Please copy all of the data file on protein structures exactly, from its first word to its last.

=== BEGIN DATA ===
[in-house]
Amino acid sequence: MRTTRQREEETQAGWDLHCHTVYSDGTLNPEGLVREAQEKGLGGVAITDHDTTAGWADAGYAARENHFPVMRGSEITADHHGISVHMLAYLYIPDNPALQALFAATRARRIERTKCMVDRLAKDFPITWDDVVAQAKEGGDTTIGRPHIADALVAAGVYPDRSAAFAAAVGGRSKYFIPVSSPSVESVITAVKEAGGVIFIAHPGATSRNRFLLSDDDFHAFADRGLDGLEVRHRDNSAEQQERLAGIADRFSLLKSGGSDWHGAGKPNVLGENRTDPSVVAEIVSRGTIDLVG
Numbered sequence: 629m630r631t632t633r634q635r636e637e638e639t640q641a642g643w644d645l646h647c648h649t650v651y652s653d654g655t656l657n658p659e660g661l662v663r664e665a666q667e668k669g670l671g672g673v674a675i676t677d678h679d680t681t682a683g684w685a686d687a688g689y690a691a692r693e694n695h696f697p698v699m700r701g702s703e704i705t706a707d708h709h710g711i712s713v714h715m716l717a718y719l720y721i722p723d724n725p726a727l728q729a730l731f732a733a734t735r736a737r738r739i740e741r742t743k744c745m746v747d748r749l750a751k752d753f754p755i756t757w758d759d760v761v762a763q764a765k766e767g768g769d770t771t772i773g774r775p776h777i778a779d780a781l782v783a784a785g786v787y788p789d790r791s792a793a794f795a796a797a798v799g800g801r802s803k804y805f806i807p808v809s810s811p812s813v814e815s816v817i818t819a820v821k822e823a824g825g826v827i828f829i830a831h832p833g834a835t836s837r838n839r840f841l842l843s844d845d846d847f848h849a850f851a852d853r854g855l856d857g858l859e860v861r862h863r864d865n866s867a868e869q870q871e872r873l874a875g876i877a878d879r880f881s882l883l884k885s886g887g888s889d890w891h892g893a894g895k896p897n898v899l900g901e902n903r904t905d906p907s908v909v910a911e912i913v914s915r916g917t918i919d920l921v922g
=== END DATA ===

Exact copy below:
[in-house]
Amino acid sequence: MRTTRQREEETQAGWDLHCHTVYSDGTLNPEGLVREAQEKGLGGVAITDHDTTAGWADAGYAARENHFPVMRGSEITADHHGISVHMLAYLYIPDNPALQALFAATRARRIERTKCMVDRLAKDFPITWDDVVAQAKEGGDTTIGRPHIADALVAAGVYPDRSAAFAAAVGGRSKYFIPVSSPSVESVITAVKEAGGVIFIAHPGATSRNRFLLSDDDFHAFADRGLDGLEVRHRDNSAEQQERLAGIADRFSLLKSGGSDWHGAGKPNVLGENRTDPSVVAEIVSRGTIDLVG
Numbered sequence: 629m630r631t632t633r634q635r636e637e638e639t640q641a642g643w644d645l646h647c648h649t650v651y652s653d654g655t656l657n658p659e660g661l662v663r664e665a666q667e668k669g670l671g672g673v674a675i676t677d678h679d680t681t682a683g684w685a686d687a688g689y690a691a692r693e694n695h696f697p698v699m700r701g702s703e704i705t706a707d708h709h710g711i712s713v714h715m716l717a718y719l720y721i722p723d724n725p726a727l728q729a730l731f732a733a734t735r736a737r738r739i740e741r742t743k744c745m746v747d748r749l750a751k752d753f754p755i756t757w758d759d760v761v762a763q764a765k766e767g768g769d770t771t772i773g774r775p776h777i778a779d780a781l782v783a784a785g786v787y788p789d790r791s792a793a794f795a796a797a798v799g800g801r802s803k804y805f806i807p808v809s810s811p812s813v814e815s816v817i818t819a820v821k822e823a824g825g826v827i828f829i830a831h832p833g834a835t836s837r838n839r840f841l842l843s844d845d846d847f848h849a850f851a852d853r854g855l856d857g858l859e860v861r862h863r864d865n866s867a868e869q870q871e872r873l874a875g876i877a878d879r880f881s882l883l884k885s886g887g888s889d890w891h892g893a894g895k896p897n898v899l900g901e902n903r904t905d906p907s908v909v910a911e912i913v914s915r916g917t918i919d920l921v922g